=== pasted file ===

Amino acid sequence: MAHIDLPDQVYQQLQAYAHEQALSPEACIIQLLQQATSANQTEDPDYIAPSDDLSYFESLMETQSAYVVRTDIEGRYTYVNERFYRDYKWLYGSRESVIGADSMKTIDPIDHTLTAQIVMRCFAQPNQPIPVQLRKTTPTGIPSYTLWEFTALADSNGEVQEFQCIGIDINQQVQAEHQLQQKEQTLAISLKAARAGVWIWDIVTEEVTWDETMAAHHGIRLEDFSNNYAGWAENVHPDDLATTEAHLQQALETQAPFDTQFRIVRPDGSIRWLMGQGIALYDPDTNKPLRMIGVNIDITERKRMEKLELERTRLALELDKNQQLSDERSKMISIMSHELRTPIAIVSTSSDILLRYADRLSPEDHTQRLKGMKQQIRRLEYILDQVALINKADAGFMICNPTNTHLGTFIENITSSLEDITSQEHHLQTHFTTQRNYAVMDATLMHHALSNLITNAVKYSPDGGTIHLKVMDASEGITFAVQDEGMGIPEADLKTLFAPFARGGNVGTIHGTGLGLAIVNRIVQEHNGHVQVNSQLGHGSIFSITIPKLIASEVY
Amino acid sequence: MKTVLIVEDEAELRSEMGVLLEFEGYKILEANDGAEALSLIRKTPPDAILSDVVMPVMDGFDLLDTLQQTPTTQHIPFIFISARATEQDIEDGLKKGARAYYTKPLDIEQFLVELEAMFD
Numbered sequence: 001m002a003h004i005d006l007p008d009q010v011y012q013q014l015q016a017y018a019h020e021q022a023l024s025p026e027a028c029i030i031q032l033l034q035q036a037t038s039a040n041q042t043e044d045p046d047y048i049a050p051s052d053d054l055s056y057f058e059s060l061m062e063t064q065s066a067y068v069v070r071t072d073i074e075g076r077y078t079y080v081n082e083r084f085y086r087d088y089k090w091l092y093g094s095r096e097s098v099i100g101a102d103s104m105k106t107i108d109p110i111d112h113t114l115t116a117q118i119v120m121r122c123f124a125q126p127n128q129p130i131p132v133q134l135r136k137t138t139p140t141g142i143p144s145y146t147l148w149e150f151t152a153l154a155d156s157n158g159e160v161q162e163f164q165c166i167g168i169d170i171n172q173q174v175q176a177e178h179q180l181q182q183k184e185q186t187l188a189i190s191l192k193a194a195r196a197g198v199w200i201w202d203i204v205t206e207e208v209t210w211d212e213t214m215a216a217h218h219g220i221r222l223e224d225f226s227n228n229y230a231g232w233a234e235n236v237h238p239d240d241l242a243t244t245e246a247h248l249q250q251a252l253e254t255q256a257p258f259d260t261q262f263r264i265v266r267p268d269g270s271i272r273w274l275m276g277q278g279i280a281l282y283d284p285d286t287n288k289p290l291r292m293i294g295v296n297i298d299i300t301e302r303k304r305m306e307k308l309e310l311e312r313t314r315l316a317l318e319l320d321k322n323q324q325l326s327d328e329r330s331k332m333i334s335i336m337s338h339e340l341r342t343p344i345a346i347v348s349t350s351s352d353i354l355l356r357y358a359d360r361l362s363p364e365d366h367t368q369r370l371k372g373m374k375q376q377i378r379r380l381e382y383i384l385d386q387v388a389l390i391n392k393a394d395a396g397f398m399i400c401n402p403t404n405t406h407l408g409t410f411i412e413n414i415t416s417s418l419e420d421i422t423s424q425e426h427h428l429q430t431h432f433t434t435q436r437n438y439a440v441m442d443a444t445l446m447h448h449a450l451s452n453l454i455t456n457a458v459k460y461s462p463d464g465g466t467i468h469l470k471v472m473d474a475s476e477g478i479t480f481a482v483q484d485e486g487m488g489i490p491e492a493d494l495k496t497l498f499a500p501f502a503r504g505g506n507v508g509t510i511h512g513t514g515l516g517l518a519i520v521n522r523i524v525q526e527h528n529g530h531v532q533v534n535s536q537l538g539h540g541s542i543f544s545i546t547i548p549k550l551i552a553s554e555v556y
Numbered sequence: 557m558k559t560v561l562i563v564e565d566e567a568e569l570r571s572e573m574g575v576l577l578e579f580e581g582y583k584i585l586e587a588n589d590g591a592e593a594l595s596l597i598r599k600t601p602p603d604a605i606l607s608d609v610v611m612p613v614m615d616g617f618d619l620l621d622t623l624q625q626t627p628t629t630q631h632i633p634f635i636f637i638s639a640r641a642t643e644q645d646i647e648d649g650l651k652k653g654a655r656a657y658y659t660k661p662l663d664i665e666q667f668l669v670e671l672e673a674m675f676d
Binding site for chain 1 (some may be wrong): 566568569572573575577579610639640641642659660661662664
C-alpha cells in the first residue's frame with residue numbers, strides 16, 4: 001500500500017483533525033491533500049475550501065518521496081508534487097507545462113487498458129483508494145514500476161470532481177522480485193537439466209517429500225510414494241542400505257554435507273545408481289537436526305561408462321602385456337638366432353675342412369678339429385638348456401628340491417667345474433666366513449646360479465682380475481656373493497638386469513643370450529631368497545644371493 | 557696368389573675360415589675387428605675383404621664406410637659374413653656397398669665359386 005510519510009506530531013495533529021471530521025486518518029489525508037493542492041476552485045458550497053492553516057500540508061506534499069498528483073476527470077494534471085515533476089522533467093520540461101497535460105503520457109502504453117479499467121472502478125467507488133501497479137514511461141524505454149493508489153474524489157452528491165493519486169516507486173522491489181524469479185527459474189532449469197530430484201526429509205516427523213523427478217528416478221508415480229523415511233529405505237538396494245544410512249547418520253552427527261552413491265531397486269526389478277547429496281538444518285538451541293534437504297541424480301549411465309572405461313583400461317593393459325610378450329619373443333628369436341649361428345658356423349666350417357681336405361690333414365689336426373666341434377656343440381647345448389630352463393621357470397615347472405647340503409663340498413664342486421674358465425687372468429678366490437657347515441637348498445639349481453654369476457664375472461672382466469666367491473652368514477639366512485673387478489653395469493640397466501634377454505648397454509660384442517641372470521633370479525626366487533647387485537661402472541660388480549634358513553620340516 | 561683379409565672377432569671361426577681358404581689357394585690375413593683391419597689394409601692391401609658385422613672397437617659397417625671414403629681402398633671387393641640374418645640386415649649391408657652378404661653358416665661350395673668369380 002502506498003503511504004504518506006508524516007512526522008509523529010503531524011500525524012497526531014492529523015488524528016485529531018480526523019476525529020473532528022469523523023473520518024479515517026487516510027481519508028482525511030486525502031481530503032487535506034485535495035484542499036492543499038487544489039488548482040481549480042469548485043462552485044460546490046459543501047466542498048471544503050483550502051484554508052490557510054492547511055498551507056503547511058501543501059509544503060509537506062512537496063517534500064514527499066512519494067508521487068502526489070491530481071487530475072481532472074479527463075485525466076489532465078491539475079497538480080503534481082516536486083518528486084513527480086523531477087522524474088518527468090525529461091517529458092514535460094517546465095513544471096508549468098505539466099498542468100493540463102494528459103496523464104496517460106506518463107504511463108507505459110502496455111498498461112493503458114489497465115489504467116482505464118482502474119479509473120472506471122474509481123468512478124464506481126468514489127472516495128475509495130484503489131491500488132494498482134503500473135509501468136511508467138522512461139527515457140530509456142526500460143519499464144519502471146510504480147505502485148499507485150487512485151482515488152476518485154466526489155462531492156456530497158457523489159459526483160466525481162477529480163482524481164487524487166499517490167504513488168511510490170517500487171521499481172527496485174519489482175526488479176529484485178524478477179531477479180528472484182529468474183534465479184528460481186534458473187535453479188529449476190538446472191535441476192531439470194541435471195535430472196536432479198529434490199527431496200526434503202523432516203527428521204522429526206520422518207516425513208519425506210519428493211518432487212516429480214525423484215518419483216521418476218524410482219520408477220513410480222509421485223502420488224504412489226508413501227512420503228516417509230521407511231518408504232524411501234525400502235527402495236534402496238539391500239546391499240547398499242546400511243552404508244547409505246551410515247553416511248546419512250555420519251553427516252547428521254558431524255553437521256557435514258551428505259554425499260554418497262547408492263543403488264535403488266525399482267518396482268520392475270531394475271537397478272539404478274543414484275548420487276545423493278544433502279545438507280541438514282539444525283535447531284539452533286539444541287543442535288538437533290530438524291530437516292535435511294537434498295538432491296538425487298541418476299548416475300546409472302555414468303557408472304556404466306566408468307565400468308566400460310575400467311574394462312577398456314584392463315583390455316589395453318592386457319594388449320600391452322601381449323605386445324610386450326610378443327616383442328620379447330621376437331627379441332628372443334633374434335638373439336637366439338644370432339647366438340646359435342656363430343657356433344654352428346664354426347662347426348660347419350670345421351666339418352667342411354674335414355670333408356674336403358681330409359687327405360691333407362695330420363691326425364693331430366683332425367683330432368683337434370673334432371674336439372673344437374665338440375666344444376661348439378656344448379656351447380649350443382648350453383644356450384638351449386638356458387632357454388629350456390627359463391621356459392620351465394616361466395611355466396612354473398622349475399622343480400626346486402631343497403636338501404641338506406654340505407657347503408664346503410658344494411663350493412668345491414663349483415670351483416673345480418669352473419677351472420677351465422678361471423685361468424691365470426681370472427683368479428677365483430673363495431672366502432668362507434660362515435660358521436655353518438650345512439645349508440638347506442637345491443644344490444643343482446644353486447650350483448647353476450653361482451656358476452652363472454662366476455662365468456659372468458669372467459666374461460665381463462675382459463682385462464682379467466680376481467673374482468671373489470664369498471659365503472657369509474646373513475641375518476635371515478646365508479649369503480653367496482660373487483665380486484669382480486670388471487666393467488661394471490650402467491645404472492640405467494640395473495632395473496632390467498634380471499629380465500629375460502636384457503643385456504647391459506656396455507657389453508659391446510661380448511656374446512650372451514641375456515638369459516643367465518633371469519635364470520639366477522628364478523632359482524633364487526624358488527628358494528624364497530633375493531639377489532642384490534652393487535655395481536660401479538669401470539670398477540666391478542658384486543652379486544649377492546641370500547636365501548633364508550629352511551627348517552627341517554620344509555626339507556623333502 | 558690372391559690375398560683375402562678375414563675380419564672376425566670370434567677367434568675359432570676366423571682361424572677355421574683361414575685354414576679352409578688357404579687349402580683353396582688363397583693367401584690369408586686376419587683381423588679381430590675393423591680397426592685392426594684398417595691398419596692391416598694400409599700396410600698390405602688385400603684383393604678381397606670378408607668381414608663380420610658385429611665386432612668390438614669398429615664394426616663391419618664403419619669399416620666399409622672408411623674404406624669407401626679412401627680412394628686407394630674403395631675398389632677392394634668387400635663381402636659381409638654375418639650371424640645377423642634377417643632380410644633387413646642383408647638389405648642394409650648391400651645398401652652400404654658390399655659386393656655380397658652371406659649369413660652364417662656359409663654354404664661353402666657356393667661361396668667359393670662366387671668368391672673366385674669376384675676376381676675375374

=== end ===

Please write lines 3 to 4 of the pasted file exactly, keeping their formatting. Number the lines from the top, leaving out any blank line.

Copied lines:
Numbered sequence: 001m002a003h004i005d006l007p008d009q010v011y012q013q014l015q016a017y018a019h020e021q022a023l024s025p026e027a028c029i030i031q032l033l034q035q036a037t038s039a040n041q042t043e044d045p046d047y048i049a050p051s052d053d054l055s056y057f058e059s060l061m062e063t064q065s066a067y068v069v070r071t072d073i074e075g076r077y078t079y080v081n082e083r084f085y086r087d088y089k090w091l092y093g094s095r096e097s098v099i100g101a102d103s104m105k106t107i108d109p110i111d112h113t114l115t116a117q118i119v120m121r122c123f124a125q126p127n128q129p130i131p132v133q134l135r136k137t138t139p140t141g142i143p144s145y146t147l148w149e150f151t152a153l154a155d156s157n158g159e160v161q162e163f164q165c166i167g168i169d170i171n172q173q174v175q176a177e178h179q180l181q182q183k184e185q186t187l188a189i190s191l192k193a194a195r196a197g198v199w200i201w202d203i204v205t206e207e208v209t210w211d212e213t214m215a216a217h218h219g220i221r222l223e224d225f226s227n228n229y230a231g232w233a234e235n236v237h238p239d240d241l242a243t244t245e246a247h248l249q250q251a252l253e254t255q256a257p258f259d260t261q262f263r264i265v266r267p268d269g270s271i272r273w274l275m276g277q278g279i280a281l282y283d284p285d286t287n288k289p290l291r292m293i294g295v296n297i298d299i300t301e302r303k304r305m306e307k308l309e310l311e312r313t314r315l316a317l318e319l320d321k322n323q324q325l326s327d328e329r330s331k332m333i334s335i336m337s338h339e340l341r342t343p344i345a346i347v348s349t350s351s352d353i354l355l356r357y358a359d360r361l362s363p364e365d366h367t368q369r370l371k372g373m374k375q376q377i378r379r380l381e382y383i384l385d386q387v388a389l390i391n392k393a394d395a396g397f398m399i400c401n402p403t404n405t406h407l408g409t410f411i412e413n414i415t416s417s418l419e420d421i422t423s424q425e426h427h428l429q430t431h432f433t434t435q436r437n438y439a440v441m442d443a444t445l446m447h448h449a450l451s452n453l454i455t456n457a458v459k460y461s462p463d464g465g466t467i468h469l470k471v472m473d474a475s476e477g478i479t480f481a482v483q484d485e486g487m488g489i490p491e492a493d494l495k496t497l498f499a500p501f502a503r504g505g506n507v508g509t510i511h512g513t514g515l516g517l518a519i520v521n522r523i524v525q526e527h528n529g530h531v532q533v534n535s536q537l538g539h540g541s542i543f544s545i546t547i548p549k550l551i552a553s554e555v556y
Numbered sequence: 557m558k559t560v561l562i563v564e565d566e567a568e569l570r571s572e573m574g575v576l577l578e579f580e581g582y583k584i585l586e587a588n589d590g591a592e593a594l595s596l597i598r599k600t601p602p603d604a605i606l607s608d609v610v611m612p613v614m615d616g617f618d619l620l621d622t623l624q625q626t627p628t629t630q631h632i633p634f635i636f637i638s639a640r641a642t643e644q645d646i647e648d649g650l651k652k653g654a655r656a657y658y659t660k661p662l663d664i665e666q667f668l669v670e671l672e673a674m675f676d